A common problem in the Lisp world involves demonstrating how in spite of the language’s use of prefix notation, it is so robust as to allow for infix notation at the same time.
In other words, normally, we might put together a series of mathematical calculations like this:
(/ (- (+ 38 48) 2) 2)
Alternatively, we could also write a function to support the following, as well:
(infix 38 + 48 - 2 / 2)
Let’s look at how the
infix function might be written. A common Lisp style would be to write the function using recursion. We would treat the arguments to
infix as a stack, pulling them off one at a time and operating on an accumulator.
(defn infix [val & others] (loop [acc val stack others] (if (empty? stack) acc (let [op (first stack) b (second stack) rem (rest (rest stack))] (recur (op acc b) rem)))))
Above, we treat the first argument to
infix as the accumulator
acc which will hold the result of the various operations. The
stack binding will hold all the remaining operations and numbers. Our base case occurs when the
stack binding is empty, at which point we hand back our accumulator and have a result. Otherwise, using
let for clarity, we bind an operator
op, the first element from the
stack list, and a number
b, the second element. What remains will be everything from the third element onward, what is slightly clumsily done here with two calls to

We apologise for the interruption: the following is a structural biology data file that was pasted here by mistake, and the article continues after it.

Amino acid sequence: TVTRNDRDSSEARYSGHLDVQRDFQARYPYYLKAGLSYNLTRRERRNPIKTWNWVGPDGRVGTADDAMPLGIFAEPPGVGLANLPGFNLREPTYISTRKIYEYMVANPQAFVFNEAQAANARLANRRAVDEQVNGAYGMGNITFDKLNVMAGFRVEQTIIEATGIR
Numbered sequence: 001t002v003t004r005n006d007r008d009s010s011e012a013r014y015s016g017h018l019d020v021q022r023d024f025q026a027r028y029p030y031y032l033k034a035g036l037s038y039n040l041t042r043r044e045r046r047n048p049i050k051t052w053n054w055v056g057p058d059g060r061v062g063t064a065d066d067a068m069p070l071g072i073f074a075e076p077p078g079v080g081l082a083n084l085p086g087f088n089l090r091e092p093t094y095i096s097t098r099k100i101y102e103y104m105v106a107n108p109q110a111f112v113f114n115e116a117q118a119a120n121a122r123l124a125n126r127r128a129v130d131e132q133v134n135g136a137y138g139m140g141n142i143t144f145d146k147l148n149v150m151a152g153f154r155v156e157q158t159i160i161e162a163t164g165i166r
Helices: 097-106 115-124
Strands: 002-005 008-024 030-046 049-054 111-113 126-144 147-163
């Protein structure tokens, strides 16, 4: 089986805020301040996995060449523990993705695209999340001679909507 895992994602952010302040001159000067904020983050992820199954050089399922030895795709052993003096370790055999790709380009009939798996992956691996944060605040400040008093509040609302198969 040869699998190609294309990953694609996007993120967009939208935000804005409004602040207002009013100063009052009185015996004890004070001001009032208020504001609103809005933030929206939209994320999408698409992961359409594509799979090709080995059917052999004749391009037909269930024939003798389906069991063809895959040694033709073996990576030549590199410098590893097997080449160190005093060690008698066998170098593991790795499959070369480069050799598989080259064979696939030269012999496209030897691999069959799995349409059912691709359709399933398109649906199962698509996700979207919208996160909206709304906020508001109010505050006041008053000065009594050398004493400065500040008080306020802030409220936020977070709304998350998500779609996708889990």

rest. With the bindings in place, we make a recursive call to
infix, this time passing the result of the operation on the accumulator and our next number, as well as the remaining operations or numbers.
What makes the problem interesting is its highlighting how easy it is to store functions like
/ in a list and then later call them. In particular, in my mind, it’s the line
(op acc b) that shows how cool a Lisp can be.
Now the solution above is rather verbose. The use of
recur comes from my having learned Lisp with The Little Schemer. In writing Clojure code, I find it helpful to start with a recursive algorithm using
loop and then refactor towards a tighter implementation when possible.
A cleaner implementation of
infix in Clojure might look something like the following. (N.B. The code below is not my own and is taken from the collection of solutions to problem 135 on 4clojure.)
(defn infix ([x op y] (op x y)) ([x op y & xs] (apply infix (cons (infix x op y) xs))))
By defining two method signatures with distinct arities, we can set up our list of numbers and operations, and then call
apply with our simple method signature to get a result.
Taking the example above, i.e.,
(infix 38 + 48 - 2 / 2), our initial call to
infix takes the first three elements from the passed arguments, e.g.,
48, and calls
infix again, this time using the simple
(op x y) code. From there, we call
(- 2 / 2), to get the list
(86 - 2 / 2). From there, it’s a simple matter of invoking our
infix method on the list, which will produce a solution.